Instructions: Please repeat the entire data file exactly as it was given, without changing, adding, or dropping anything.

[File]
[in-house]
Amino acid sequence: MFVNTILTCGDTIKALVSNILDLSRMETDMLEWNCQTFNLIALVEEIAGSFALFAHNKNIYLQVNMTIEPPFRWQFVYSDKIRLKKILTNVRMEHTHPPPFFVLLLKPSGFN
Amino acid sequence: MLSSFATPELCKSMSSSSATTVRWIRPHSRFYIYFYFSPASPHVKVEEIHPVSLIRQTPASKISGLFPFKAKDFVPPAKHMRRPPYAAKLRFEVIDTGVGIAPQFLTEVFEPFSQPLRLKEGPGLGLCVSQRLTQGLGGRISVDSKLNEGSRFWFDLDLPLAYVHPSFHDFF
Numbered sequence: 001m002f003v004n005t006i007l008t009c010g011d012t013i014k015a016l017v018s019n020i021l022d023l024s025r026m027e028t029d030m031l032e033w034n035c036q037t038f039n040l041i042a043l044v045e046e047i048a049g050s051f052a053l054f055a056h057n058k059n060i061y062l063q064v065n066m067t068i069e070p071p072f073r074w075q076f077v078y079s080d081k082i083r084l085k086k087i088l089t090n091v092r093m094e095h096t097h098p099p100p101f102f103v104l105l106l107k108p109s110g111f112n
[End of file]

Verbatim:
[in-house]
Amino acid sequence: MFVNTILTCGDTIKALVSNILDLSRMETDMLEWNCQTFNLIALVEEIAGSFALFAHNKNIYLQVNMTIEPPFRWQFVYSDKIRLKKILTNVRMEHTHPPPFFVLLLKPSGFN
Amino acid sequence: MLSSFATPELCKSMSSSSATTVRWIRPHSRFYIYFYFSPASPHVKVEEIHPVSLIRQTPASKISGLFPFKAKDFVPPAKHMRRPPYAAKLRFEVIDTGVGIAPQFLTEVFEPFSQPLRLKEGPGLGLCVSQRLTQGLGGRISVDSKLNEGSRFWFDLDLPLAYVHPSFHDFF
Numbered sequence: 001m002f003v004n005t006i007l008t009c010g011d012t013i014k015a016l017v018s019n020i021l022d023l024s025r026m027e028t029d030m031l032e033w034n035c036q037t038f039n040l041i042a043l044v045e046e047i048a049g050s051f052a053l054f055a056h057n058k059n060i061y062l063q064v065n066m067t068i069e070p071p072f073r074w075q076f077v078y079s080d081k082i083r084l085k086k087i088l089t090n091v092r093m094e095h096t097h098p099p100p101f102f103v104l105l106l107k108p109s110g111f112n